Purpose: Diabetes results in an insulin related disorder of lipid metabolism that reduces production of long-chain polyunsaturated fatty acids (PUFA; e.g. docosahexanoic acid, DHA). This study considers the role that this lipid change has on retinal function.

Methods: Rats (n=56) were fed diets either balanced (n=32) in PUFA or deficient in omega-3 (n=24) from conception. Half were assigned to control (n=28) or streptozotocin (STZ: n=28) treatment at 7 weeks of age. Key metabolic indices were assayed at 19 weeks and retinal function was determined using the electroretinogram (ERG) at 20 weeks. Retinal anatomy and lipid assays of 20-week animals were used to identify structural changes and tissue PUFA content.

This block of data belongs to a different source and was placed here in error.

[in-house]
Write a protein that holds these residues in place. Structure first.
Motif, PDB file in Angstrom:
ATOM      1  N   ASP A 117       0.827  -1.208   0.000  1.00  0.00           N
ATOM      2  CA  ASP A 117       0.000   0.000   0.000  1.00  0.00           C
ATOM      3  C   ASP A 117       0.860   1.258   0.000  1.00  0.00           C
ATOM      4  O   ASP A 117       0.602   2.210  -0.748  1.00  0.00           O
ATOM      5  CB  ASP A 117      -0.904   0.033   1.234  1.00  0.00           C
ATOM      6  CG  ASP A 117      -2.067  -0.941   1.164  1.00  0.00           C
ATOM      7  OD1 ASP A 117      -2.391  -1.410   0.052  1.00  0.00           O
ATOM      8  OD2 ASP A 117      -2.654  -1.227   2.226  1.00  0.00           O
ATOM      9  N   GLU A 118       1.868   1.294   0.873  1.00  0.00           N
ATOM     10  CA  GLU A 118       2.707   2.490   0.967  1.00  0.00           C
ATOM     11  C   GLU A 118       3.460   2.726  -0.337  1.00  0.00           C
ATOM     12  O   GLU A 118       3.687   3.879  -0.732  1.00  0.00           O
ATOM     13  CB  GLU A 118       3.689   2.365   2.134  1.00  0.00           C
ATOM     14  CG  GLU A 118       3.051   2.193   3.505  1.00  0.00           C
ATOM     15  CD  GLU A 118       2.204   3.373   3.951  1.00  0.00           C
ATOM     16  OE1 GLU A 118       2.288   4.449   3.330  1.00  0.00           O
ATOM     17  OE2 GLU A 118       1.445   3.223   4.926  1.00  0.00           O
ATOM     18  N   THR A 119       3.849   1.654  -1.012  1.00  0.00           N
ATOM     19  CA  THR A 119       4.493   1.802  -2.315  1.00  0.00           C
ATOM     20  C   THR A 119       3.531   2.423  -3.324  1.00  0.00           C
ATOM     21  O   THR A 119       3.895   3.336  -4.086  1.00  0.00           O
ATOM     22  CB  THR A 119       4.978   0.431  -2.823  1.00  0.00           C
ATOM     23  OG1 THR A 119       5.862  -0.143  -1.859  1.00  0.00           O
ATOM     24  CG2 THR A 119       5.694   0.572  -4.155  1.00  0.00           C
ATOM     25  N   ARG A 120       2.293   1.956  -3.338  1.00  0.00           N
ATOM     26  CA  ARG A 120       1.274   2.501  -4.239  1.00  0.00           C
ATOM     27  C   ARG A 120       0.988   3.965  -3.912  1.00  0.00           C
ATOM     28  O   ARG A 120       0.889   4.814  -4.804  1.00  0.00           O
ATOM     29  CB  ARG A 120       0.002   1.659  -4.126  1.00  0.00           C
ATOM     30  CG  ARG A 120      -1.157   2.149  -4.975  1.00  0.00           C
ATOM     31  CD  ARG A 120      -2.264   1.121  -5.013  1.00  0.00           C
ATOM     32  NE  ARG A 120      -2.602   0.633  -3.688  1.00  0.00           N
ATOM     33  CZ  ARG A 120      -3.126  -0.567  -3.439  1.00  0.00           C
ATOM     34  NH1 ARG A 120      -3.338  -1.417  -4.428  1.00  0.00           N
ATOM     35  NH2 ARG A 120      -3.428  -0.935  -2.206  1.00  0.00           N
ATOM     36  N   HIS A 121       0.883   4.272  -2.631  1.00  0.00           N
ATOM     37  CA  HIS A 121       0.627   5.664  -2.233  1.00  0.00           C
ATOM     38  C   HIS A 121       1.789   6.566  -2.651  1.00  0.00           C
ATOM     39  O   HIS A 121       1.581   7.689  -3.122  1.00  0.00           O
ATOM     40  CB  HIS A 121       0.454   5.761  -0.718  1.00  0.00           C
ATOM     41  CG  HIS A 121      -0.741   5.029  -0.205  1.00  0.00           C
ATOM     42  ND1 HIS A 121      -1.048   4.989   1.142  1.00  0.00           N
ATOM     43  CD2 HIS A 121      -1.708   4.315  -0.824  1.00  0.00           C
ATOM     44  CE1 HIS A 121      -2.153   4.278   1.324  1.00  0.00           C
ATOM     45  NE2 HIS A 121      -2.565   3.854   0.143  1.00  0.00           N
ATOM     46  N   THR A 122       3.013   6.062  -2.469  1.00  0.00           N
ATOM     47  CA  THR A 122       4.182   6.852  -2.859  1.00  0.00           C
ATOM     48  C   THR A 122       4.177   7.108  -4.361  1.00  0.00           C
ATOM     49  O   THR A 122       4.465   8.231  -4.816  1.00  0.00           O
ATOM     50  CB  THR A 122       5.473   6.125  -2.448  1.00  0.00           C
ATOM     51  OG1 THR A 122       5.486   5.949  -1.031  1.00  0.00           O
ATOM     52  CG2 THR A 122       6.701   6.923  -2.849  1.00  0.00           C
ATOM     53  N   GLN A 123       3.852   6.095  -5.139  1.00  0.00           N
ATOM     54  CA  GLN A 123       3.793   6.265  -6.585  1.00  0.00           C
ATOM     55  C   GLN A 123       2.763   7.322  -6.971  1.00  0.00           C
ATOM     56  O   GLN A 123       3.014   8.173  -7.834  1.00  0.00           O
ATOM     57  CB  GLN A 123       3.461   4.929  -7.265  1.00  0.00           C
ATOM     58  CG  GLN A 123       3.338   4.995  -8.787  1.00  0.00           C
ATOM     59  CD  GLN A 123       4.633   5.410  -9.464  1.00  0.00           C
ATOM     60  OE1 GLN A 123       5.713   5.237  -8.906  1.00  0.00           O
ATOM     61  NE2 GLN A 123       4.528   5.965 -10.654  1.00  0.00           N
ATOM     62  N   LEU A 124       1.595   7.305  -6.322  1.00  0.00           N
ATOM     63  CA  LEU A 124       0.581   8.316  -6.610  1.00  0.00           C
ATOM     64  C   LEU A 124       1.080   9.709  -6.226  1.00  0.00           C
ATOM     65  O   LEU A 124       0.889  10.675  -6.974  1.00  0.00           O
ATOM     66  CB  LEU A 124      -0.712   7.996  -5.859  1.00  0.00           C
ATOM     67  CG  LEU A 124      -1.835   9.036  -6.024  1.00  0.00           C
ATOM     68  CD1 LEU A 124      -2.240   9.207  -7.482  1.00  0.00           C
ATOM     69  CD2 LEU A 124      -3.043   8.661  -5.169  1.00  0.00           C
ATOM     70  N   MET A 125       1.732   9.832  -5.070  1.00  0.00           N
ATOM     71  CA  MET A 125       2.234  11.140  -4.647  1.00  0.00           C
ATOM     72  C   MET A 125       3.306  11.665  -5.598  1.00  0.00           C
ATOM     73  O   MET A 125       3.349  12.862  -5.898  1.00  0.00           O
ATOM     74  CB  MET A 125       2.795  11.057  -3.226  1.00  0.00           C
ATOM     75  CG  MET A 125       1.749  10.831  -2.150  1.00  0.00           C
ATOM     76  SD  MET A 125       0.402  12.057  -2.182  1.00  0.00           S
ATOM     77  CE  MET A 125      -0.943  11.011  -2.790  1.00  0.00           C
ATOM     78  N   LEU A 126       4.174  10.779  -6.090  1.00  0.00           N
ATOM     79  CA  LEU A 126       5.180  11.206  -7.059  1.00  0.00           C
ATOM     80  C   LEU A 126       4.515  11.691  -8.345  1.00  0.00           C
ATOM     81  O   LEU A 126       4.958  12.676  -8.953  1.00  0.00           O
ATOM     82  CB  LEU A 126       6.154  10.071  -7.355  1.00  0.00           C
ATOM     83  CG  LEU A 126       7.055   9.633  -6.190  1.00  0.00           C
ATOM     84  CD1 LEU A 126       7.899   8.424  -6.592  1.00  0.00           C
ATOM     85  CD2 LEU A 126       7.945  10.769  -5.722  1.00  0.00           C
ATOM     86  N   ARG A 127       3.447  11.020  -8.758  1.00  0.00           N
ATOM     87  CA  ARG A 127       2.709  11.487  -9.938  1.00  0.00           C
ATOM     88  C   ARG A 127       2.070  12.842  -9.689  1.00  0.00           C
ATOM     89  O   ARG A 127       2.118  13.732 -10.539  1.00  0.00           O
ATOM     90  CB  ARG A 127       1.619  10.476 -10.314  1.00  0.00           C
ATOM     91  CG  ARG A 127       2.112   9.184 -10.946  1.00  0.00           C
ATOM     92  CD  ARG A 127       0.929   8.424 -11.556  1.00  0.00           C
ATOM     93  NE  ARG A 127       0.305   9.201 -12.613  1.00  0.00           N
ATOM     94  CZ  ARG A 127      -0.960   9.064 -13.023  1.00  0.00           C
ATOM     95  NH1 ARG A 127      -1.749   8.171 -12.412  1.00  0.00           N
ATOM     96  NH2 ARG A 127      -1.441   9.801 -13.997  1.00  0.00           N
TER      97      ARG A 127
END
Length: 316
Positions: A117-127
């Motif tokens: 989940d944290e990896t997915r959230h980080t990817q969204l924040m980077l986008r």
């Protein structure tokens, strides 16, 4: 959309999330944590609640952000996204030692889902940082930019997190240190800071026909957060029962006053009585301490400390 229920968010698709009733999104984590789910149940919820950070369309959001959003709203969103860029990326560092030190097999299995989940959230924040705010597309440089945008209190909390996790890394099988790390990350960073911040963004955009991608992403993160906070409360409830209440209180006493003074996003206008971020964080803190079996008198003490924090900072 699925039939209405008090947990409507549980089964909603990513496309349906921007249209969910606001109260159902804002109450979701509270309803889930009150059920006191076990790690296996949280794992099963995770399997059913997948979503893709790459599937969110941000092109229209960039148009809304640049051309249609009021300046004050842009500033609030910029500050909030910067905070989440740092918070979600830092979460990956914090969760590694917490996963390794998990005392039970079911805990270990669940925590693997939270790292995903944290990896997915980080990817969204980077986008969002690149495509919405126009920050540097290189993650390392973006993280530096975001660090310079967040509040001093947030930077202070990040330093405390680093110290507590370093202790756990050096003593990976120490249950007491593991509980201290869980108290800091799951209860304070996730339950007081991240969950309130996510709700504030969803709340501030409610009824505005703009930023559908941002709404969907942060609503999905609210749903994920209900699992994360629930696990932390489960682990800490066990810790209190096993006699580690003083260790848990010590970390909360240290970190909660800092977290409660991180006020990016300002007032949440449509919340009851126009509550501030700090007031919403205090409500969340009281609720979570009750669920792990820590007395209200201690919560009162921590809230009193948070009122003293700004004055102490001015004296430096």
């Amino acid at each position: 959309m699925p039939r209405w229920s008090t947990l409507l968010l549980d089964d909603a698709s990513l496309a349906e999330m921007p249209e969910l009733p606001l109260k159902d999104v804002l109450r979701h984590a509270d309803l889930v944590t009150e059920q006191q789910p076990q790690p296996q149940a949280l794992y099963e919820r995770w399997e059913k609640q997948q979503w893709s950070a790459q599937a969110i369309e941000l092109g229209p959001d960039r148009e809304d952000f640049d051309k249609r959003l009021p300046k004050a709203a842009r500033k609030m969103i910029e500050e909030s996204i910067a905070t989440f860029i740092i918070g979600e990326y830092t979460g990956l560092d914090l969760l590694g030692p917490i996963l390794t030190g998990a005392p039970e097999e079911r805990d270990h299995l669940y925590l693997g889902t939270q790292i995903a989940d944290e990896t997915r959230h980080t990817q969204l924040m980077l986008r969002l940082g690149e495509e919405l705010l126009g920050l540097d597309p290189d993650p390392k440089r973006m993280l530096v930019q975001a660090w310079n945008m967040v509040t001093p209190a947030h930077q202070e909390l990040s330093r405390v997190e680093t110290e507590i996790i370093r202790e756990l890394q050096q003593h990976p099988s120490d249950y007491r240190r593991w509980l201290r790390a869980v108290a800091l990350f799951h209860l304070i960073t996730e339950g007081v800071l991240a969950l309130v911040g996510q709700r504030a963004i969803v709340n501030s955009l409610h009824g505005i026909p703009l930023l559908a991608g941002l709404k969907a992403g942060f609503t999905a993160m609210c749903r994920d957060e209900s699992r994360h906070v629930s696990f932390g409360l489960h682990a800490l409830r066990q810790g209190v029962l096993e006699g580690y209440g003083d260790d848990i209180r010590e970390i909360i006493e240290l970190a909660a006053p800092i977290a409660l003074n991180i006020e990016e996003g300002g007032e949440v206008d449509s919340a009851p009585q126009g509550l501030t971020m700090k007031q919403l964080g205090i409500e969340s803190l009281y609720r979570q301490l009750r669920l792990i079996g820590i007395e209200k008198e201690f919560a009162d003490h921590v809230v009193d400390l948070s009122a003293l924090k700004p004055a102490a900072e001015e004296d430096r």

Results: The systemic indices of diabetics were not affected by diet. Lipid composition of retinal membranes reflected the dietary manipulation and diabetes amplified some fatty acid changes consistent with a reduced desaturase activity. Diabetes produced significant reduction in rod function (-33%) only in the absence of fish oil, whereas cone responses (-46%) and inner retinal oscillatory potentials (-47%) showed either no diet effect or a partial diet effect with a significant diabetes effect. Anatomical analysis revealed no disorder in retinal neurons although changes in Müller glia were noted in diabetes regardless of diet.

Conclusions: A diet balanced in long chain PUFA will modify retinal lipid membranes in diabetes and prevent rod dysfunction. Dietary modification was not found in the cone or glial response but a partial improvement was evident in OPs most likely secondary to the larger photoreceptor output.